Improving Endurance in Idiopathic Pulmonary Fibrosis Patients

Endurance was the most affected exercise ability measure for pulmonary fibrosis rehabilitation

(RxWiki News) Pulmonary fibrosis can lead to shortness of breath and a decreased ability to exercise. A recent study looked at how rehabilitation affects measures of exercise ability.

Researchers used exercise tests to evaluate the exercise capacity of idiopathic pulmonary fibrosis patients. Some of the participants attended an exercise based rehabilitation program.

The researchers found that the group that attended rehabilitation saw marked improvements in measures of exercise ability. Specifically, the patients' endurance — or ability to exercise for a longer period of time — almost doubled.

"If you have pulmonary fibrosis, talk to your doctor about rehabilitation options."

Hiroyuki Taniguchi, MD, of the Department of Respiratory Medicine and Allergy in Tosei General Hospital, led the study on idiopathic pulmonary fibrosis.

Pulmonary fibrosis is a condition in which the lungs become scarred, preventing them from functioning properly.

Patients with pulmonary fibrosis often have trouble breathing.

According to the authors of the study, a patient's ability to exercise is one of the most important measures of health in people with lung diseases. Ability to exercise can be judged in several ways, including walking distance, speed, and endurance.

This study aimed to determine the measure of exercise that showed the most improvement after intervention.

The researchers recruited 48 patients with pulmonary fibrosis who completed the study between June 2005 and May 2011. Half of the patients were assigned to a group that received pulmonary rehabilitation for ten weeks, while the other half were observed without any intervention.

The group that received rehabilitation attended exercise training twice weekly for ten weeks. Each session lasted 90 minutes. Patients received both endurance and strength training.

Through exercise tests, five measures of exercise ability were measured at the beginning of the study and after ten weeks:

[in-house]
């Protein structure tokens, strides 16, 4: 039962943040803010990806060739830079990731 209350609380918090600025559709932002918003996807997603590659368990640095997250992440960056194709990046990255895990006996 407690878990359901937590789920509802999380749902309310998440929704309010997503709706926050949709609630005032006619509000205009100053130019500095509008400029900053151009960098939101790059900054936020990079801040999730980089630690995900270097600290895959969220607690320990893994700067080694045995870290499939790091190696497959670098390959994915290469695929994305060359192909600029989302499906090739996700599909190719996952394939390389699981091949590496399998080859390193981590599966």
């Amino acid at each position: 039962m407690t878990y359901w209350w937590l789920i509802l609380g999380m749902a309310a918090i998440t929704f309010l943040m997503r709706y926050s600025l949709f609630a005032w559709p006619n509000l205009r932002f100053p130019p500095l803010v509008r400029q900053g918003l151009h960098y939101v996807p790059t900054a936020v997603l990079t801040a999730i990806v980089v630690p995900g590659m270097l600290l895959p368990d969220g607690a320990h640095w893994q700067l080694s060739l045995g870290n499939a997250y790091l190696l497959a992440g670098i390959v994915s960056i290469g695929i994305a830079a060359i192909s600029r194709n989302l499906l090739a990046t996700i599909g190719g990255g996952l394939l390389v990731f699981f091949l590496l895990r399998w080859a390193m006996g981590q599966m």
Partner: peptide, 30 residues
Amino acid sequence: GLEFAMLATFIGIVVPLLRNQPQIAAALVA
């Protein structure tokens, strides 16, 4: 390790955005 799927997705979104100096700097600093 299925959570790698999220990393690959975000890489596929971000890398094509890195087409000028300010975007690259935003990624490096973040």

• Endurance, or how long the patient could exercise without becoming very tired
  • Peak work rate, or how intensely the patient can exercise
  • Peak VO2, or the maximum amount of oxygen the patient was consuming
  • Six-minute walking distance, or how far the patient could walk in six minutes
  • Incremental shuttle walking distance, a test in which the patient walks between two cones with a progressively shorter time limit

In the group that received rehabilitation, patients showed improvement on each measure of exercise ability.

In the control group, muscle strength stayed the same and some patients' performances on the six-minute walking distance worsened. Additionally, the researchers found that the rehabilitation affected the patients' endurance time the most.

After going through the rehabilitation program, patients' endurance times improved by an average of 181.6 percent. The researchers concluded that endurance time was the most responsive measurement of exercise ability for the patients' pulmonary rehabilitation.

They suggested that endurance could be used to determine the favorable effects of intervention for pulmonary fibrosis treatment.

The study was published in Respiratory Care on December 10.

The research was partially supported by the NPO Respiratory Disease Conference and the Ministry of Health, Labor and Welfare in Japan. The authors did not disclose any conflicts of interest.

Review Date: 
December 20, 2013